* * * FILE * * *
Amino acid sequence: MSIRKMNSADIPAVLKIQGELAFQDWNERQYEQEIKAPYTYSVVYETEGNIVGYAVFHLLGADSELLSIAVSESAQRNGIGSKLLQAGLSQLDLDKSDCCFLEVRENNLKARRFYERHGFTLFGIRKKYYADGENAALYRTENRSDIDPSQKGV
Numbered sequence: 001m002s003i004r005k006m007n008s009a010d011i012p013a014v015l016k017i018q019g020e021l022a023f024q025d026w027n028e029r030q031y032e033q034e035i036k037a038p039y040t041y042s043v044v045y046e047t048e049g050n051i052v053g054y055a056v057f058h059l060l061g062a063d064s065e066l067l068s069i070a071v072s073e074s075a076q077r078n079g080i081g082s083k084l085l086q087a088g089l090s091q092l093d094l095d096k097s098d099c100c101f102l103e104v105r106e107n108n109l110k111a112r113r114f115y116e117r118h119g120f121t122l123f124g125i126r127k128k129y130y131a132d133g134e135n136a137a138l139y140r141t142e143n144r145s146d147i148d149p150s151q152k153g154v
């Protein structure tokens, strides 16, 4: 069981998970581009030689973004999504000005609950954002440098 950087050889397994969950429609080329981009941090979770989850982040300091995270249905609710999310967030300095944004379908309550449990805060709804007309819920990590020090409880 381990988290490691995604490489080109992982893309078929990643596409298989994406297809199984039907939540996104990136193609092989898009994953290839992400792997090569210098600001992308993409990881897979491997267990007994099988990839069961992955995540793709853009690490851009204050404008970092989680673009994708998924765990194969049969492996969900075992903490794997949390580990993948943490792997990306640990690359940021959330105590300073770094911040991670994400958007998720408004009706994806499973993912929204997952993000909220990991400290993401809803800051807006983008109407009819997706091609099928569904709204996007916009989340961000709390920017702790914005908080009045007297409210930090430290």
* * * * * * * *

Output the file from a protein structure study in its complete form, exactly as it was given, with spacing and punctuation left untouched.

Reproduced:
Amino acid sequence: MSIRKMNSADIPAVLKIQGELAFQDWNERQYEQEIKAPYTYSVVYETEGNIVGYAVFHLLGADSELLSIAVSESAQRNGIGSKLLQAGLSQLDLDKSDCCFLEVRENNLKARRFYERHGFTLFGIRKKYYADGENAALYRTENRSDIDPSQKGV
Numbered sequence: 001m002s003i004r005k006m007n008s009a010d011i012p013a014v015l016k017i018q019g020e021l022a023f024q025d026w027n028e029r030q031y032e033q034e035i036k037a038p039y040t041y042s043v044v045y046e047t048e049g050n051i052v053g054y055a056v057f058h059l060l061g062a063d064s065e066l067l068s069i070a071v072s073e074s075a076q077r078n079g080i081g082s083k084l085l086q087a088g089l090s091q092l093d094l095d096k097s098d099c100c101f102l103e104v105r106e107n108n109l110k111a112r113r114f115y116e117r118h119g120f121t122l123f124g125i126r127k128k129y130y131a132d133g134e135n136a137a138l139y140r141t142e143n144r145s146d147i148d149p150s151q152k153g154v
């Protein structure tokens, strides 16, 4: 069981998970581009030689973004999504000005609950954002440098 950087050889397994969950429609080329981009941090979770989850982040300091995270249905609710999310967030300095944004379908309550449990805060709804007309819920990590020090409880 381990988290490691995604490489080109992982893309078929990643596409298989994406297809199984039907939540996104990136193609092989898009994953290839992400792997090569210098600001992308993409990881897979491997267990007994099988990839069961992955995540793709853009690490851009204050404008970092989680673009994708998924765990194969049969492996969900075992903490794997949390580990993948943490792997990306640990690359940021959330105590300073770094911040991670994400958007998720408004009706994806499973993912929204997952993000909220990991400290993401809803800051807006983008109407009819997706091609099928569904709204996007916009989340961000709390920017702790914005908080009045007297409210930090430290």